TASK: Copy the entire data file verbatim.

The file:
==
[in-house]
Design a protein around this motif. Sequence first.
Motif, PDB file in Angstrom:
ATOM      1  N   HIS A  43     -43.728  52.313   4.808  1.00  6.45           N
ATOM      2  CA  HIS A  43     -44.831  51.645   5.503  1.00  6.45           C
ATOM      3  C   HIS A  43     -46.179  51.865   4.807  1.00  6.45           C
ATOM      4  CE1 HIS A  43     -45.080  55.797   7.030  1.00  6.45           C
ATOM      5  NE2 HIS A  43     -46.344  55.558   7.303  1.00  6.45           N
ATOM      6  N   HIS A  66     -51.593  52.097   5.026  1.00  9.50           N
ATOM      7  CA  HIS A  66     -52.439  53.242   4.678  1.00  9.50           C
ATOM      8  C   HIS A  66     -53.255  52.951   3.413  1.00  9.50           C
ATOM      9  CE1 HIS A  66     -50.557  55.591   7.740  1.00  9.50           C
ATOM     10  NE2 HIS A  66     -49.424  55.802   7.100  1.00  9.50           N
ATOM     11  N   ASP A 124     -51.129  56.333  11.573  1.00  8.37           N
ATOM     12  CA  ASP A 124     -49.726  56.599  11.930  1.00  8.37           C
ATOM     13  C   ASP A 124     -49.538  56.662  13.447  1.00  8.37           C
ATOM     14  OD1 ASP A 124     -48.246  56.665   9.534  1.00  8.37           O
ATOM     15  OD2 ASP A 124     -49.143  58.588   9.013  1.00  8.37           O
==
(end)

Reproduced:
[in-house]
Design a protein around this motif. Sequence first.
Motif, PDB file in Angstrom:
ATOM      1  N   HIS A  43     -43.728  52.313   4.808  1.00  6.45           N
ATOM      2  CA  HIS A  43     -44.831  51.645   5.503  1.00  6.45           C
ATOM      3  C   HIS A  43     -46.179  51.865   4.807  1.00  6.45           C
ATOM      4  CE1 HIS A  43     -45.080  55.797   7.030  1.00  6.45           C
ATOM      5  NE2 HIS A  43     -46.344  55.558   7.303  1.00  6.45           N
ATOM      6  N   HIS A  66     -51.593  52.097   5.026  1.00  9.50           N
ATOM      7  CA  HIS A  66     -52.439  53.242   4.678  1.00  9.50           C
ATOM      8  C   HIS A  66     -53.255  52.951   3.413  1.00  9.50           C
ATOM      9  CE1 HIS A  66     -50.557  55.591   7.740  1.00  9.50           C
ATOM     10  NE2 HIS A  66     -49.424  55.802   7.100  1.00  9.50           N
ATOM     11  N   ASP A 124     -51.129  56.333  11.573  1.00  8.37           N
ATOM     12  CA  ASP A 124     -49.726  56.599  11.930  1.00  8.37           C
ATOM     13  C   ASP A 124     -49.538  56.662  13.447  1.00  8.37           C
ATOM     14  OD1 ASP A 124     -48.246  56.665   9.534  1.00  8.37           O
ATOM     15  OD2 ASP A 124     -49.143  58.588   9.013  1.00  8.37           O